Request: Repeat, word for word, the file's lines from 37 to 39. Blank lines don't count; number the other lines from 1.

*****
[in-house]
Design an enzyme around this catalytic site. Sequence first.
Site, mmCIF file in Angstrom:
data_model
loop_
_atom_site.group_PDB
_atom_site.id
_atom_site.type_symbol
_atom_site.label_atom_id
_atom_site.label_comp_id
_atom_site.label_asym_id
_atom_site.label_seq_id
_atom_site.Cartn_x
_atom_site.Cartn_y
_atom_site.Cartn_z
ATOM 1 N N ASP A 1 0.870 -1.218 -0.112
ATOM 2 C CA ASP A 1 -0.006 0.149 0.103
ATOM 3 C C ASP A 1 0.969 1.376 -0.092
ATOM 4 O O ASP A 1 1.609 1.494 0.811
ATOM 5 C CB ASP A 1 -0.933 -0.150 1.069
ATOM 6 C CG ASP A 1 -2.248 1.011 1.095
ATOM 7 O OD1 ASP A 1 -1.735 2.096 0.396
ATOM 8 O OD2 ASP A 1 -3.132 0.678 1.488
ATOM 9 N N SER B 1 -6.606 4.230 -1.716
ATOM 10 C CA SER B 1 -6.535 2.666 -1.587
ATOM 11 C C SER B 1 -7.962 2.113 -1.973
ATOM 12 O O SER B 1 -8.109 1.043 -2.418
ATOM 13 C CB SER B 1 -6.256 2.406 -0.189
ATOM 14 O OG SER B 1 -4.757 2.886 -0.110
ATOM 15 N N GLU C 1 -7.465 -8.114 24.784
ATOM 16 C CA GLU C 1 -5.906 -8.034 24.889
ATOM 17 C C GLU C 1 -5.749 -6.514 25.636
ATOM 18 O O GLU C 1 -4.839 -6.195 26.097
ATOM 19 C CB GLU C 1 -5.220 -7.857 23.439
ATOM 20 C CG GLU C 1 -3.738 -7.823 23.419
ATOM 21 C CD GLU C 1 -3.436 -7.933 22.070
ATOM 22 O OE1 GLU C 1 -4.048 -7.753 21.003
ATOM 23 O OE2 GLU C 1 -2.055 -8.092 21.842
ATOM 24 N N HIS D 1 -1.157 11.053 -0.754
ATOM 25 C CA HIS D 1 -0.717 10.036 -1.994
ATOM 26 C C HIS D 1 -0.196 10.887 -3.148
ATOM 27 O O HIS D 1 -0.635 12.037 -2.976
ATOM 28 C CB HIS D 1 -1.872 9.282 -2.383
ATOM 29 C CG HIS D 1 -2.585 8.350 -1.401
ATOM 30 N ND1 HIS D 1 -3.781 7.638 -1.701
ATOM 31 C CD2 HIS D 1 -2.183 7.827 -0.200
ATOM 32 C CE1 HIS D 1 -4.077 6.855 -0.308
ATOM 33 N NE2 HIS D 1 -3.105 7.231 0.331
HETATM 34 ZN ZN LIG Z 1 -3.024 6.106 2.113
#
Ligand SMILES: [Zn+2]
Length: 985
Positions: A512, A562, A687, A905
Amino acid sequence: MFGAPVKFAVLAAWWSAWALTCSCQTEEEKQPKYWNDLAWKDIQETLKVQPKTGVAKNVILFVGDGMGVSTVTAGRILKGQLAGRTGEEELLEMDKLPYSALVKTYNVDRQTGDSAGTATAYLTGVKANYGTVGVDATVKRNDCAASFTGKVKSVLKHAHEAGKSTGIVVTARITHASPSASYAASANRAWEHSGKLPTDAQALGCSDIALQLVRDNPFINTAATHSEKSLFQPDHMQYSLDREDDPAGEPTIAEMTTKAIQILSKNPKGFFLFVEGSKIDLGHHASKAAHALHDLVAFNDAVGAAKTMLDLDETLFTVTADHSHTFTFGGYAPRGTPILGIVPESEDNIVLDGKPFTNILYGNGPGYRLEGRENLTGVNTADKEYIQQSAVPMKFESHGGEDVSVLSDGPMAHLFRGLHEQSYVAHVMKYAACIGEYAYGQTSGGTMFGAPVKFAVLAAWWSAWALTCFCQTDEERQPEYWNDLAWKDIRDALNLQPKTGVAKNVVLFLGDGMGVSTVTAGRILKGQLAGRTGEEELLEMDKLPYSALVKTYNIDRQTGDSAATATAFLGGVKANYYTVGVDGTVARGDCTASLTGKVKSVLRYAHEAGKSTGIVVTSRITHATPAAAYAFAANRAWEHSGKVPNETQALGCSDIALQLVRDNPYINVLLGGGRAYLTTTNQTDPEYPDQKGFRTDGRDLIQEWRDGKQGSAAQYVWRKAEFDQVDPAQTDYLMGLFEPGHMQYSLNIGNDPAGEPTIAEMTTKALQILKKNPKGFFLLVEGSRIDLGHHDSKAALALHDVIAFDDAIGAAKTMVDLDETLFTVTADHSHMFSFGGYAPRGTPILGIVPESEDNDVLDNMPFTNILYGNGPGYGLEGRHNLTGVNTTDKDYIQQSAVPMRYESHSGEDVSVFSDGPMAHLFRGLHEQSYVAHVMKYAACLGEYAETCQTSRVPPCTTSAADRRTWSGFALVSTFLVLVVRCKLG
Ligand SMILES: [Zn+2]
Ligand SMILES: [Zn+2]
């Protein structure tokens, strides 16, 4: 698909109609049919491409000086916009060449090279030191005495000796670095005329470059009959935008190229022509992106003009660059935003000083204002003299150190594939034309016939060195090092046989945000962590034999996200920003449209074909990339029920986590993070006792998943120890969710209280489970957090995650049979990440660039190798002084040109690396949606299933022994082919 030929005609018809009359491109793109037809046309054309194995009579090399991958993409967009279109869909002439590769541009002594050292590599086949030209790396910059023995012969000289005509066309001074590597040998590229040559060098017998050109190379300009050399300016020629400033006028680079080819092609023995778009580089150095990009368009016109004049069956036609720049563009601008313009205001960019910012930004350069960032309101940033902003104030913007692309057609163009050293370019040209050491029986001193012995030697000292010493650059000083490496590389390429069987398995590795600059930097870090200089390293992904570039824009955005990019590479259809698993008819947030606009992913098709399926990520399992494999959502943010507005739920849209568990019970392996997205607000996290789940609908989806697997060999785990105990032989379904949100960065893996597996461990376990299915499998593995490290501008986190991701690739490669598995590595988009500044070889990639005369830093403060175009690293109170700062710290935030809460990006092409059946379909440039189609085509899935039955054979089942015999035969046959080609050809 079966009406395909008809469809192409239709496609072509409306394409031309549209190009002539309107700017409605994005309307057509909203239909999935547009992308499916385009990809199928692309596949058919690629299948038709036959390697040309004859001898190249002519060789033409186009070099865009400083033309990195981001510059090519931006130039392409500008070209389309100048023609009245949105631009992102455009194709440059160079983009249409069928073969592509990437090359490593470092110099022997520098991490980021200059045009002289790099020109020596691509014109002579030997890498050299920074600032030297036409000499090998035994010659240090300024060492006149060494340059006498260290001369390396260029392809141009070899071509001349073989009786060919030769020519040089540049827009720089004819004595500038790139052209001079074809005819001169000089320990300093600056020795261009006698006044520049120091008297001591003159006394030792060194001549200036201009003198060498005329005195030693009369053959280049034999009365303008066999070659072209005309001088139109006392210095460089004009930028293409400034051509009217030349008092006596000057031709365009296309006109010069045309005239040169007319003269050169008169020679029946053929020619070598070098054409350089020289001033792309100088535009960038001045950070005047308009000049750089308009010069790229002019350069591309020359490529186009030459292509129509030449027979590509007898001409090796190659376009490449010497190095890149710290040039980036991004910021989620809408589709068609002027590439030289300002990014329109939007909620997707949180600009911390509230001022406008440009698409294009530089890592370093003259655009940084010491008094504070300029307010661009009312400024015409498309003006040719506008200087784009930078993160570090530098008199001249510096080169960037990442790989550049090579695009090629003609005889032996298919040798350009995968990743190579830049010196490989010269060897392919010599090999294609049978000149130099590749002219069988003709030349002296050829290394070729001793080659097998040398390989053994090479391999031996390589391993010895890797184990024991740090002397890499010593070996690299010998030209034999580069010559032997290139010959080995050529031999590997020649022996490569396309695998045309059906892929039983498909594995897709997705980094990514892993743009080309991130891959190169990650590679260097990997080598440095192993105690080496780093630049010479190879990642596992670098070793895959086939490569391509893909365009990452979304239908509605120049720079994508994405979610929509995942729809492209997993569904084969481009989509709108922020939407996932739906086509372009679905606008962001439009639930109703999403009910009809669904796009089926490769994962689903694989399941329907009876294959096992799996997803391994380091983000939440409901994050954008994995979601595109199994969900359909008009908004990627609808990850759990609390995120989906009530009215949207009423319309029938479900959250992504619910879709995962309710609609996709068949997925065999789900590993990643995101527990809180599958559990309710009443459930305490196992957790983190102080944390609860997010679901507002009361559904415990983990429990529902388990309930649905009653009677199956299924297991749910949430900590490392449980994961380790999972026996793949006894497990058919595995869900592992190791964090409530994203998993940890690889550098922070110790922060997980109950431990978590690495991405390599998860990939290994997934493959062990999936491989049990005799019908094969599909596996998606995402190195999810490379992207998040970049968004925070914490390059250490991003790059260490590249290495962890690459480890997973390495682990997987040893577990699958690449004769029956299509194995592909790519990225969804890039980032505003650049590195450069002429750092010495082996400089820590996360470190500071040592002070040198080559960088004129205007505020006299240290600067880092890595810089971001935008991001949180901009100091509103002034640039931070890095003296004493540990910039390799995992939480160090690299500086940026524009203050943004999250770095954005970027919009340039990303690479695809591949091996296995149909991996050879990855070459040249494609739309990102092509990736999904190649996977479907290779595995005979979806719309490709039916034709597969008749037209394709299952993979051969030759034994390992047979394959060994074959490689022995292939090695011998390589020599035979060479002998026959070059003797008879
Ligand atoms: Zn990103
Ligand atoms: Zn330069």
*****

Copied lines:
ATOM 22 O OE1 GLU C 1 -4.048 -7.753 21.003
ATOM 23 O OE2 GLU C 1 -2.055 -8.092 21.842
ATOM 24 N N HIS D 1 -1.157 11.053 -0.754